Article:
A little bit of preparation, even a tiny amount, can pay off big time in terms of intensifying the experience for your kids. 

Tip #5: Get a piano

Bringing a piano into your home will increase your children’s exposure to music.

Don’t assume your instrument has to be an 8’11¾” Steinway “D,” which has a list price of approximately $130,000. A little spinet will do.

Put the piano in a place where the kids can bang away without making the rest of the family crazy. When it’s time for lessons (I recommend you start at age 6 or 7), the piano will be an old friend and not a new torture device.

Speaking of lessons—you’re never too old to start. Mom, Dad, Grandma, Grandpa or Whomever should think about taking lessons and practicing together with the kids for a bonding experience like no other.  

Piano or keyboard?

A child practices piano skills while sitting at a Yamaha.
Piano or keyboard? Professor Greenberg has some feels about that.
Photo courtesy of Siniz Kim via Unsplash.

Don’t know much about pianos? It’s an instrument made out of wood, medal, leather and felt.

It breathes. It is real. Its mechanism follows the will of the player’s body.

An electric keyboard is made out of plastic and circuitry. It is not real. It does not breathe. In my opinion, they have no place in your home. 

Unsure where to start? Here’s a starter playlist  

Would you love to bring concert music into your home? Not sure where to start?

Here are some wonderful performances of great works to get you going:

  1. Johann Sebastian Bach, Brandenburg Concertos; Trevor Pinnock conducting, on Archiv.
  2. Wolfgang Mozart, Symphonies Nos. 39, 40, & 41; Neville Marriner conducting, on EMI.
  3. Ludwig van Beethoven, Nine Symphonies; John Eliot Gardiner conducting, on Archiv.
  4. Camille Saint-Saens, Carnival of the Animals; Charles Dutoit conducting, on London.
  5. Sergei Prokofiev, Peter and the Wolf; Carlo Rossi conducting, narrated by Boris Karloff, on Vanguard.

Viruses, Colds, Bacteria—Oh My!

Dr. Brown’s tips for keeping your house free of colds all year long

Dr. Vivien Brown, MD, joins us for another blog post about healthy pareting
Editor’s Note: We’d like to welcome Dr. Vivien Brown, MD, back as a guest blogger to LifeTales. Dr. Brown is a family physician in Toronto, Canada and a well-known national and international speaker on women’s health. She’s also the author of A Woman’s Guide to Healthy Aging: Seven essential ways to keep you vital, happy and strong.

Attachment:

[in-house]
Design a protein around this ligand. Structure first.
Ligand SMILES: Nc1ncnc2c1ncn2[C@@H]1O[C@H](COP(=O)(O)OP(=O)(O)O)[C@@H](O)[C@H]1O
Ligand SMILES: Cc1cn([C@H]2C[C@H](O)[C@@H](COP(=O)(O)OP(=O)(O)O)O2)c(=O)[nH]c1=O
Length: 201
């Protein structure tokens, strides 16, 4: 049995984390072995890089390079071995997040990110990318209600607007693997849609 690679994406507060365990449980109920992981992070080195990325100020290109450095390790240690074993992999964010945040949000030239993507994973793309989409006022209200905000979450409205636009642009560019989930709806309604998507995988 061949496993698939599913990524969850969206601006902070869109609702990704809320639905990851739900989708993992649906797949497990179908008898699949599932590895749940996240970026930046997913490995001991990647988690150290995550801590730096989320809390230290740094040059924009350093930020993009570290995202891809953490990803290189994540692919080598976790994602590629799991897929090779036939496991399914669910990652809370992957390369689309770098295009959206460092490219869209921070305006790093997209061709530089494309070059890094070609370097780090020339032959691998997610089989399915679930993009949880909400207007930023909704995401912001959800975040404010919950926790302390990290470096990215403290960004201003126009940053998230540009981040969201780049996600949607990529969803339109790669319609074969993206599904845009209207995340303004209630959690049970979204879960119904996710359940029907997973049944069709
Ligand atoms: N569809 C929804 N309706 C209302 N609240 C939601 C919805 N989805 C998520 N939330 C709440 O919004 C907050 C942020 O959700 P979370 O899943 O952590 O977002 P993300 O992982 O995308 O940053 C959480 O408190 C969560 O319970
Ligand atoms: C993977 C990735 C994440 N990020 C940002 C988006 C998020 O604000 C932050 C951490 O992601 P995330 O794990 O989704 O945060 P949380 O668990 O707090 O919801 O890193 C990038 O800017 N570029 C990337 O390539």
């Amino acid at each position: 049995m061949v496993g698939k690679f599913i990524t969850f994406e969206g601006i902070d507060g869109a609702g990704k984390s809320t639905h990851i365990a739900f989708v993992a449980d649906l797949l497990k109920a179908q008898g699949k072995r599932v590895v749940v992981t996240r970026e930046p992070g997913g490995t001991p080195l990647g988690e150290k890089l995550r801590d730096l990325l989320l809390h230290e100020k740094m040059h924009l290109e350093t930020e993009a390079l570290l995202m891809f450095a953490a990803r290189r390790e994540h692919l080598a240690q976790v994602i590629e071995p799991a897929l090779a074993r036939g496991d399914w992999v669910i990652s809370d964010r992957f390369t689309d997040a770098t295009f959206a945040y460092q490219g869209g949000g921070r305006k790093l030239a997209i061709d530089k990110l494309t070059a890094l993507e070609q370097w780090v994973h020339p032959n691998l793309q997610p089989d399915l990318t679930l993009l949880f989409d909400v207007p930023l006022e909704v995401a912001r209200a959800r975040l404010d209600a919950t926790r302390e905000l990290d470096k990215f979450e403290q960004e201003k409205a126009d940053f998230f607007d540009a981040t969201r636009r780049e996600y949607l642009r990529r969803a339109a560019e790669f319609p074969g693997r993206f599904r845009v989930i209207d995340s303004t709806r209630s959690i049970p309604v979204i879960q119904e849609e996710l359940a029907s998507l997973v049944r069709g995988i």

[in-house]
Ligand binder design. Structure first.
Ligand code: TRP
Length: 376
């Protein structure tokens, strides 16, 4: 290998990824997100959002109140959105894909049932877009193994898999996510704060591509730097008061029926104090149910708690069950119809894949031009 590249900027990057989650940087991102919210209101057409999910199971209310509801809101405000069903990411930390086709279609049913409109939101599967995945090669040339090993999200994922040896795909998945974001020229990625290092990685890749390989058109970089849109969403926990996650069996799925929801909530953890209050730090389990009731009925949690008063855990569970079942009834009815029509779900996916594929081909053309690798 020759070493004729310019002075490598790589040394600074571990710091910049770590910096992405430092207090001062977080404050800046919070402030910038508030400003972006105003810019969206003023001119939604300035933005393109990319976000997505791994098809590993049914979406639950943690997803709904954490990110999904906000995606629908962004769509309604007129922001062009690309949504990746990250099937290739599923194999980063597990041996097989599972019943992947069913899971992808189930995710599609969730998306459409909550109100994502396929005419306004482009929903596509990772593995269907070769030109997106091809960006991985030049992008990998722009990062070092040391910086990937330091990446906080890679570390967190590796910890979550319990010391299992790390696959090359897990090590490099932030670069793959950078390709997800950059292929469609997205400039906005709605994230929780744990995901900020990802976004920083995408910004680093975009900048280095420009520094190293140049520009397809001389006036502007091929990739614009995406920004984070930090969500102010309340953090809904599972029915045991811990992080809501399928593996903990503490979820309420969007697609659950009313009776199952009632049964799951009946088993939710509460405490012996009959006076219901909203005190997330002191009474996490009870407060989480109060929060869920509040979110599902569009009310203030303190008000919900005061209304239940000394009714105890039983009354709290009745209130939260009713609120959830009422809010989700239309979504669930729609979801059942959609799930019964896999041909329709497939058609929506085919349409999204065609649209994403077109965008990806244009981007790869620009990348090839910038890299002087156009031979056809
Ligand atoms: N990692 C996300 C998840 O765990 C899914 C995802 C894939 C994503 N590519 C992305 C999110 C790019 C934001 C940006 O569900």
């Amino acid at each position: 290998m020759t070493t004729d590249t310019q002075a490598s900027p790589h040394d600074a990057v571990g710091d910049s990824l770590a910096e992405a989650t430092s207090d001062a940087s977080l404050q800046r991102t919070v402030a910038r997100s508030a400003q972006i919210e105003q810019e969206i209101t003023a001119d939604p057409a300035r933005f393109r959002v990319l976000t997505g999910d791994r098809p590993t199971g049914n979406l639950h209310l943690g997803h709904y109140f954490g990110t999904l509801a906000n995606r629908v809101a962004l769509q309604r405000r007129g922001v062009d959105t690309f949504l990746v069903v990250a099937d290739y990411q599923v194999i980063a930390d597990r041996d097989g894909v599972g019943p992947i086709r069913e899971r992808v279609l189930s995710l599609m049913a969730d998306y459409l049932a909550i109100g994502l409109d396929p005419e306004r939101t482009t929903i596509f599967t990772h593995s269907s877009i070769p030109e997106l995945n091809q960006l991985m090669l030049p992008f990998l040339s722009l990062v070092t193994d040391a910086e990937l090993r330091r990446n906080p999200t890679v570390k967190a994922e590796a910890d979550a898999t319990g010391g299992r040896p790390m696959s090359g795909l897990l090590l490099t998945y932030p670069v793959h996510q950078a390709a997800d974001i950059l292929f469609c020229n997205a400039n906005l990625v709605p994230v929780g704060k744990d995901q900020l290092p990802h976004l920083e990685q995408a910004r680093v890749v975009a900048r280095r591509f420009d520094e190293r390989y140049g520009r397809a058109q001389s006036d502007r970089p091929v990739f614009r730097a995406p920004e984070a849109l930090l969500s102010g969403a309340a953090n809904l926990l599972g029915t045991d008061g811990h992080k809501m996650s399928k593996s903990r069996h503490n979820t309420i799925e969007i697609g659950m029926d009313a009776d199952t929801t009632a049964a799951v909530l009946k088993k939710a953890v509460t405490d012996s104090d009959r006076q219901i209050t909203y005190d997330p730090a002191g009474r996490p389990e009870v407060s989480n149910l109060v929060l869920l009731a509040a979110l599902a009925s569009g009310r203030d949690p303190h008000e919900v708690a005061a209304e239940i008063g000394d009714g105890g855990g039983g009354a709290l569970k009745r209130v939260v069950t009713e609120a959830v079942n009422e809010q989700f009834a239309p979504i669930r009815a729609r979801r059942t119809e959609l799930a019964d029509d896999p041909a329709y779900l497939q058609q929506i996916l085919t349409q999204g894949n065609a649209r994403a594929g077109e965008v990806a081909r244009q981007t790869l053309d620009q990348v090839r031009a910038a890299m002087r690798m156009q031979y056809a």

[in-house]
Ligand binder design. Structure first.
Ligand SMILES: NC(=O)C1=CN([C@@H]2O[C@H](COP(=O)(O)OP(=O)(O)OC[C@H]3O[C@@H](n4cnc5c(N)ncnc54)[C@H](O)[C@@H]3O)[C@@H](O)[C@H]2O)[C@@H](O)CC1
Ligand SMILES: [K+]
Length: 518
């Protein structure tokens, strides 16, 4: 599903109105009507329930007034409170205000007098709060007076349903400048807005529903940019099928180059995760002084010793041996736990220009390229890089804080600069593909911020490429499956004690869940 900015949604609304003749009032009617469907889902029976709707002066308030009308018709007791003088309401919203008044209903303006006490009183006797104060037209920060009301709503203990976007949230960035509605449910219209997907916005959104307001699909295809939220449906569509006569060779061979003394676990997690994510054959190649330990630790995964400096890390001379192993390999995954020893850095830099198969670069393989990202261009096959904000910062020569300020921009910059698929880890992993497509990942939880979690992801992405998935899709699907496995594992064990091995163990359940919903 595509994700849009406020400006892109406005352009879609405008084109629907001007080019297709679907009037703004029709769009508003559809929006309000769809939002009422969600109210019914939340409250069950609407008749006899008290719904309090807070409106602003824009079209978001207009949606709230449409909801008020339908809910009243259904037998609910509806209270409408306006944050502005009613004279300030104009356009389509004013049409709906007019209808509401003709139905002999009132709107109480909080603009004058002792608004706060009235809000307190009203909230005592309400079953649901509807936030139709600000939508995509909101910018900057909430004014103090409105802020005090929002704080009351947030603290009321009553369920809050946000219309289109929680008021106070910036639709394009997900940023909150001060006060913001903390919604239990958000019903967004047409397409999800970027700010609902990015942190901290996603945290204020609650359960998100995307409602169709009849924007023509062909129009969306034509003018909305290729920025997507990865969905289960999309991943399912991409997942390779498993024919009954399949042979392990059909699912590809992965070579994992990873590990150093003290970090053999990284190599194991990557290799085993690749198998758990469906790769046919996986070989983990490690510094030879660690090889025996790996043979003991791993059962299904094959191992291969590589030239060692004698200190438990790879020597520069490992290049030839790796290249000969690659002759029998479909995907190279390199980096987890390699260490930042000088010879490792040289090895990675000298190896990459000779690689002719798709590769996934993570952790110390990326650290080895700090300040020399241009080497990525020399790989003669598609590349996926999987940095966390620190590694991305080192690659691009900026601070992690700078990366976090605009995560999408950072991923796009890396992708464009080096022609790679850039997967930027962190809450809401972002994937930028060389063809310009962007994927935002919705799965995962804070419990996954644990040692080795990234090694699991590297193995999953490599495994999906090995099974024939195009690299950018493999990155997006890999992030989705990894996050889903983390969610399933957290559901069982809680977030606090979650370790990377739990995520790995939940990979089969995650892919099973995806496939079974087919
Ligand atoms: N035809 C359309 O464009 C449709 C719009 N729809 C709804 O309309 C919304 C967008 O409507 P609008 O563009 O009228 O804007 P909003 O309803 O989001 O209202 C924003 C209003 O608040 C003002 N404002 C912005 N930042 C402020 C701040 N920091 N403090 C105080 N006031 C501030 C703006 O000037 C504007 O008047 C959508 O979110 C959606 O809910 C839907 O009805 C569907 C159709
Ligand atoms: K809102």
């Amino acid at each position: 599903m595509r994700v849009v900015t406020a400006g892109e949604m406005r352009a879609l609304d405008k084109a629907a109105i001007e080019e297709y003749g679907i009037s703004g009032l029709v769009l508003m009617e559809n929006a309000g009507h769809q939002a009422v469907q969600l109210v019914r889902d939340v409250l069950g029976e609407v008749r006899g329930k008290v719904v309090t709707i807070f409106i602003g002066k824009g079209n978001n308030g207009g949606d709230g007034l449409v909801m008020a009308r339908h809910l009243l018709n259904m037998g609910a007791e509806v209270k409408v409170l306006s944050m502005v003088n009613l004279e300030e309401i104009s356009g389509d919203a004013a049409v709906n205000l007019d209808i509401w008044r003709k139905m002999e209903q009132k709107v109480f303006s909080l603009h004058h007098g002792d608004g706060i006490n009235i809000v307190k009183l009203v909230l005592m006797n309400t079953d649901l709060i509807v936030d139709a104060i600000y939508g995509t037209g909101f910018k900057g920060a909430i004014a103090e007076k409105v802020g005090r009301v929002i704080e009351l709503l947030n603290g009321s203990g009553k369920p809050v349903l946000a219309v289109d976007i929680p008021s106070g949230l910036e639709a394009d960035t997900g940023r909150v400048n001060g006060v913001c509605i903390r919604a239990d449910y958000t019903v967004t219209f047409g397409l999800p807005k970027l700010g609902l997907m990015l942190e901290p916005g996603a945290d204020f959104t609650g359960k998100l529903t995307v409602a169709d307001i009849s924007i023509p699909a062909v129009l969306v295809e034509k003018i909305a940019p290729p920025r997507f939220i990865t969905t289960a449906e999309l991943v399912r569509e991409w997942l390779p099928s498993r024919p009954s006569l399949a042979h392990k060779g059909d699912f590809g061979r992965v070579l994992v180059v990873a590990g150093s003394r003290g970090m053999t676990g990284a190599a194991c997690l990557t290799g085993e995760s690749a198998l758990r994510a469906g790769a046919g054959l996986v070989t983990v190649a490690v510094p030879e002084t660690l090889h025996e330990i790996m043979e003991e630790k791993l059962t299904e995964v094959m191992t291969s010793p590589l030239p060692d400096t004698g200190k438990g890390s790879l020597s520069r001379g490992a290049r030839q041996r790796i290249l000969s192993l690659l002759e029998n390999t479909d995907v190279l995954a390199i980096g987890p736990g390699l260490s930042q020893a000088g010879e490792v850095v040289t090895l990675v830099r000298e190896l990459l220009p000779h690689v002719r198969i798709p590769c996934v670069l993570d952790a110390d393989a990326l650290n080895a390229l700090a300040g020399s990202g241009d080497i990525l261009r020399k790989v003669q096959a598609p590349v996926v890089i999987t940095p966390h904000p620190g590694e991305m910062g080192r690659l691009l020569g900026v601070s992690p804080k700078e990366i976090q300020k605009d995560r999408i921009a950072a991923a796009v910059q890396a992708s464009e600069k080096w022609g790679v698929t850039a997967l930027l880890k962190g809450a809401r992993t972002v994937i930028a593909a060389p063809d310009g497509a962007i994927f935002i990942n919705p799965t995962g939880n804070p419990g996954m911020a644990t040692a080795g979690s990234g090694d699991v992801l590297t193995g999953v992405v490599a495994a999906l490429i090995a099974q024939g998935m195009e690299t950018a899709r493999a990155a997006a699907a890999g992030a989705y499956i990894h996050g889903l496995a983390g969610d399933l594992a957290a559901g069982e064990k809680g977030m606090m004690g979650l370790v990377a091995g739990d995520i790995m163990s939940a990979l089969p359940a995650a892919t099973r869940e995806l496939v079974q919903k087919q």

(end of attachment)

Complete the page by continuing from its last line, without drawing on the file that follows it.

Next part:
Flu season might be winding down in the northern hemisphere as we move into our spring and summer seasons, but it’s just picking up in the southern hemisphere with the onset of winter.

Global air travel also makes it easy for colds, flu, bronchitis, sore throats, and many sinus and ear infections to surface at home, school and our workplaces year-round.

So how should you keep your family safe?

Think twice before asking for antibiotics

Many people assume that getting sick means they need an antibiotic to get better.

In fact, taking antibiotics for colds and other viral illnesses not only won’t work, it has dangerous side effects—over time. Globally, overexposure to antibiotics is producing drug-resistant bacteria that don’t respond to antibiotics that may have worked in the past.

Increasingly, I find myself prescribing antibiotics in increasingly higher doses to help my patients recover when suffering from serious bacterial infections.

Antibiotic resistance is a widespread problem, and one that the Centers for Disease Control and Prevention (CDC) in the US call “one of the world’s most pressing public health problems.” With time, bacteria that were once highly responsive to antibiotics have become more and more resistant.

Among those that are becoming harder to treat are pneumococcal infections such as:

  • Pneumonia
  • Ear infections
  • Sinus infections
  • Meningitis

What’s the difference between bacteria and viruses?

Although bacteria and viruses are both too small to be seen without a microscope, they’re as different as giraffes and goldfish. 

Both types of infections are caused by microbes — bacteria and viruses, respectively — and spread by things such as coughing and sneezing, contact with infected people, especially through kissing and sex, contact with contaminated surfaces, food, and water, contact with infected creatures, including pets, livestock, and insects such as fleas and ticks.

But the infections are dissimilar in many other important respects, most of them due to the organisms’ structural differences and the way they respond to medications.

When should you ride out a cold or see a doctor?

A white ceramic cup with a metal spoon, a paper box of tissues and a pair of upside-down glasses imply it's flu time in this household.
Oh, we’ve all been there. When a cold hits, it’s time to bunker down, grab the tissues, get some tea and wait for your symptoms to pass.

While viruses and bacteria can cause similar symptoms, concerns that suggest a serious infection may include:

  • Fever and chills
  • Muscle aches and pains
  • Decreased appetite
  • Overwhelming fatigue

Other symptoms, such as sore throats and swollen glands, are more generalized and may need an expert opinion to decide how best to proceed. They can occur with either bacterial or viral infections.